BOOSTING YOUR EXERCISE IMMUNE SYSTEM
By Blake Densley, ACSM EP-C, Kinesiology graduate teaching assistant
The scientific community has believed for quite a while that exercise, a form of stress, suppresses the immune system and can potentially lead to getting sick. It was believed until recently that white blood cells, those great immune cells that roam the body and attack foreign substances, increase during exercise in the circulation, but rapidly decrease following that activity. It was originally believed that those cells were actually destroyed during exercise.
Today, it has been theorized that those white blood cells instead travel to different tissues following exercise to react to additional stressors and are not destroyed. This can still leave the body vulnerable. It has been shown that vigorous intensity exercise bouts leave an individual at higher risk for respiratory infections. On the other hand, moderate-intensity exercise, like brisk walking, is actually protective of respiratory infections. This means that intensity is important with immune function. The harder one works, the riskier it can be.
So, what can be done? Researchers say to reduce the risk of getting sick following vigorous or high intensity exercise sessions, simply eating carbohydrates during or following the session can help. The body is very sensitive to blood sugar levels, which if maintained can prevent any significant immune responses.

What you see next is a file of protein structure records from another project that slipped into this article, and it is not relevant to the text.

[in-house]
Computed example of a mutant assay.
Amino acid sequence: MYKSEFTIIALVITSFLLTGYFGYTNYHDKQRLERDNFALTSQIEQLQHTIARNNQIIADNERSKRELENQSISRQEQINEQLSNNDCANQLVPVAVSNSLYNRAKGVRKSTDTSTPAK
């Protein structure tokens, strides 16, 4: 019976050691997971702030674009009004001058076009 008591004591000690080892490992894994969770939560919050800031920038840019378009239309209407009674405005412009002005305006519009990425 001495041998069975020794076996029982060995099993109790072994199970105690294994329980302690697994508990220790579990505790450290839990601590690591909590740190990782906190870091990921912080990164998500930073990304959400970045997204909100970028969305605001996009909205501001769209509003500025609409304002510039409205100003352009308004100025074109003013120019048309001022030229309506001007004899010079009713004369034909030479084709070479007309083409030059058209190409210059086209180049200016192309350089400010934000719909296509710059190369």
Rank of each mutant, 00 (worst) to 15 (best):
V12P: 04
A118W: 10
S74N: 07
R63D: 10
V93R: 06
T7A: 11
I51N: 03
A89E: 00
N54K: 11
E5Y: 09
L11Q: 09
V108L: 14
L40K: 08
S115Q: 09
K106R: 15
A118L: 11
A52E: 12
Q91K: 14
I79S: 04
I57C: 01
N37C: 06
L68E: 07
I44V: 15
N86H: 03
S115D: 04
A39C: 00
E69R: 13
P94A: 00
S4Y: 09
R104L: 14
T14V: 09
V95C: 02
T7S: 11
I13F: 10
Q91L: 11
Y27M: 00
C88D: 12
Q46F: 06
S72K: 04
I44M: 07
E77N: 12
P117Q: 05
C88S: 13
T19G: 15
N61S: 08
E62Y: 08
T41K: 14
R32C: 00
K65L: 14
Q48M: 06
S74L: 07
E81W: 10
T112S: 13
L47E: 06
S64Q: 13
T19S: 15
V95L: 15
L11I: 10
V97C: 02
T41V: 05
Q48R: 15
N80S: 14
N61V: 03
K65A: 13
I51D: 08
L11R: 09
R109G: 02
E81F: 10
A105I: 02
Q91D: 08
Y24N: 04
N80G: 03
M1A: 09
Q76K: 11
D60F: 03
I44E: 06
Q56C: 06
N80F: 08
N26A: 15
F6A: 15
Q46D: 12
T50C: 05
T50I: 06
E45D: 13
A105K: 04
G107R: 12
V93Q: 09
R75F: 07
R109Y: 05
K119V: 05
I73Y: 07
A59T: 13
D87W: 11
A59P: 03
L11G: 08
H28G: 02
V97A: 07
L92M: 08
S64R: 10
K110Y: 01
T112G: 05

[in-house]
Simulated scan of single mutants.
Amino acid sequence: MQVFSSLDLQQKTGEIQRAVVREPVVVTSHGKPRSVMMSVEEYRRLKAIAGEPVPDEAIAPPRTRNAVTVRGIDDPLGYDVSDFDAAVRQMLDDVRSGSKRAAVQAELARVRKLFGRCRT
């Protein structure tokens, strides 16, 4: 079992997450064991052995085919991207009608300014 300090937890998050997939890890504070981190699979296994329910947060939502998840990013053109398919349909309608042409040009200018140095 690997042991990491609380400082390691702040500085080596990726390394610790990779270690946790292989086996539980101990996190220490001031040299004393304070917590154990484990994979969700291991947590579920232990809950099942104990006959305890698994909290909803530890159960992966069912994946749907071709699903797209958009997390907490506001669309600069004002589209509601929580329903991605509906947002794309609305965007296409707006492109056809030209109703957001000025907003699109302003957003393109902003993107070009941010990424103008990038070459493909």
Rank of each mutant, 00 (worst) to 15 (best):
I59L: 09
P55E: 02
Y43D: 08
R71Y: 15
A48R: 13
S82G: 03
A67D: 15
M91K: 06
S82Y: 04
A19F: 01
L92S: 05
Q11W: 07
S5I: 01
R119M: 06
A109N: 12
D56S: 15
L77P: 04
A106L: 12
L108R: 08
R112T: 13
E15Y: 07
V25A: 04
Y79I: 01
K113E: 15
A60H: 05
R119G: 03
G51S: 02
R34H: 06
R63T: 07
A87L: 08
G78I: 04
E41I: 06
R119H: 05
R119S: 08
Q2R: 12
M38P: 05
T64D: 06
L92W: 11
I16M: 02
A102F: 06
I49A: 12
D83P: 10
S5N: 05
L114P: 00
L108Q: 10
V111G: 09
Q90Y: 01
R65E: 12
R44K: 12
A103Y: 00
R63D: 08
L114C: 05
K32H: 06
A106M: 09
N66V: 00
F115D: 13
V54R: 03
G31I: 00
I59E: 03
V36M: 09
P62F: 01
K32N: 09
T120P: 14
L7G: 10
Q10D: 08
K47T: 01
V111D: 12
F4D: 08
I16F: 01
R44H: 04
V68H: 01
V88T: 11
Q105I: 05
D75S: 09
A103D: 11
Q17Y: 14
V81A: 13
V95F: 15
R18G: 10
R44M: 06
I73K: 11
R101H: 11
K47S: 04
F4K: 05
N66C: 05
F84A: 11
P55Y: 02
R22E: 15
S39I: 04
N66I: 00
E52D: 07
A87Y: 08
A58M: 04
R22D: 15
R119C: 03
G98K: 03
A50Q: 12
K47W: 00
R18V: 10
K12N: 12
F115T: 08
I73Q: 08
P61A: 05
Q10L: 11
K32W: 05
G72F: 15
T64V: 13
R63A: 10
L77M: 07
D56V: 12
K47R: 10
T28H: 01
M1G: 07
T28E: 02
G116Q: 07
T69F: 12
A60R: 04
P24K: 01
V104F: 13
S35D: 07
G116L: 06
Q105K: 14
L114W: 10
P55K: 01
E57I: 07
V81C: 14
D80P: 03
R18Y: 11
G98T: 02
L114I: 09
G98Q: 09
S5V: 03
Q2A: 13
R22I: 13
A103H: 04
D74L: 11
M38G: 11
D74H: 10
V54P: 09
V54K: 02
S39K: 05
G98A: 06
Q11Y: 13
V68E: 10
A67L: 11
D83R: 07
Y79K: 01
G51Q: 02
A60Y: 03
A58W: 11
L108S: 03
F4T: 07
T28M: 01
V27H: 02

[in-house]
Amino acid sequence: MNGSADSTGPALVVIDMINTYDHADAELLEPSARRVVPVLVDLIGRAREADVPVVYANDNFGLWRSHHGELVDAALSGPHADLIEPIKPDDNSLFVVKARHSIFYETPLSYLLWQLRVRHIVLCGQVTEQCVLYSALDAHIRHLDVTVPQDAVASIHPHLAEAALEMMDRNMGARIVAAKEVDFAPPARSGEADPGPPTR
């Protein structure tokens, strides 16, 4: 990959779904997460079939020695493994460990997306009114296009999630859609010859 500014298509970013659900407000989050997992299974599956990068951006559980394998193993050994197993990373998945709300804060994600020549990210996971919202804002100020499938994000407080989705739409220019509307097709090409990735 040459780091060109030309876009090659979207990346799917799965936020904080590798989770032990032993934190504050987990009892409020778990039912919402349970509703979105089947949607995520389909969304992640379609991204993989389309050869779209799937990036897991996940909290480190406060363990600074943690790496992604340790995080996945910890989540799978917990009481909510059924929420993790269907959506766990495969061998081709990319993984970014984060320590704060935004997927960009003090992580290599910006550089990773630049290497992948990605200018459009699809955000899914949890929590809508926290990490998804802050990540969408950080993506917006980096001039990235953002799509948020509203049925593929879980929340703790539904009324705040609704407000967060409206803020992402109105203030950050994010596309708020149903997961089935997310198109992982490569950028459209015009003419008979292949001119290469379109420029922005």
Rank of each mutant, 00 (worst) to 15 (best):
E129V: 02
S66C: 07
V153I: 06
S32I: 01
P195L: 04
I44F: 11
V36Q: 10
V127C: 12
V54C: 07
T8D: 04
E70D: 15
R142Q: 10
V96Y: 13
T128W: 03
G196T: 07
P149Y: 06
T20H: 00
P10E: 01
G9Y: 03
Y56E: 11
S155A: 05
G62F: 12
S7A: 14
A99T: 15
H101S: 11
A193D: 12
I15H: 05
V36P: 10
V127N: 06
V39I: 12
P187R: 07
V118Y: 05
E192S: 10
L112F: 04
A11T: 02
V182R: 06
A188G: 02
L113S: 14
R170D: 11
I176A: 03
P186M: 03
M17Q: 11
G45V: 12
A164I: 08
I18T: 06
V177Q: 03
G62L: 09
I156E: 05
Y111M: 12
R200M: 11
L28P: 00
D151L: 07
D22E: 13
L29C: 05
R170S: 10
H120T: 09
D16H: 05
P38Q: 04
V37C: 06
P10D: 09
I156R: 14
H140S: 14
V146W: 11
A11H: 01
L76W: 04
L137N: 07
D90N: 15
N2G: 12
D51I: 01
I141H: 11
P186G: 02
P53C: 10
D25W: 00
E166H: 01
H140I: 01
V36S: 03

In general, it is suggested to consume between 30 and 60 grams of carbs per hour for exercise bouts of 90 minutes or more. This amount can also be consumed after exercise to help resume immune function following exercise.
Peake, J. M., Neubauer, O., Walsh, N. P., & Simpson, R. J. (2016). Recovery of the immune system after exercise.Journal of Applied Physiology, jap-00622.
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Your child may want to take his or her smartphone or tablet to bed. But is it a good idea? Pediatrician Dr. Cindy Gellner says using a mobile device before bed reduces sleep time for kids, which can disrupt sleep quality and quantity. Learn more about what parents should know before allowing mobile devices at bedtime.
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Huntsman Cancer Institute Scientists Identify Bone Degradation Process Within Metastatic Breast Cancer
Once breast cancer spreads through the body, it can degrade a patient’s healthy bones, causing numerous problems. Scientists at Huntsman Cancer Institute (HCI) at the University of Utah have identified a new way that bones get destroyed through cancer. And they’ve also learned how to block that destruction with a new drug. Initial tests with patients show promising results.
The findings were published today in Science Translational Medicine. Alana Welm, Ph.D., an investigator at HCI and associate professor of oncological sciences at the University of Utah, led the study.
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For more expert health news and information, visit healthcare.utah.edu/healthfeed.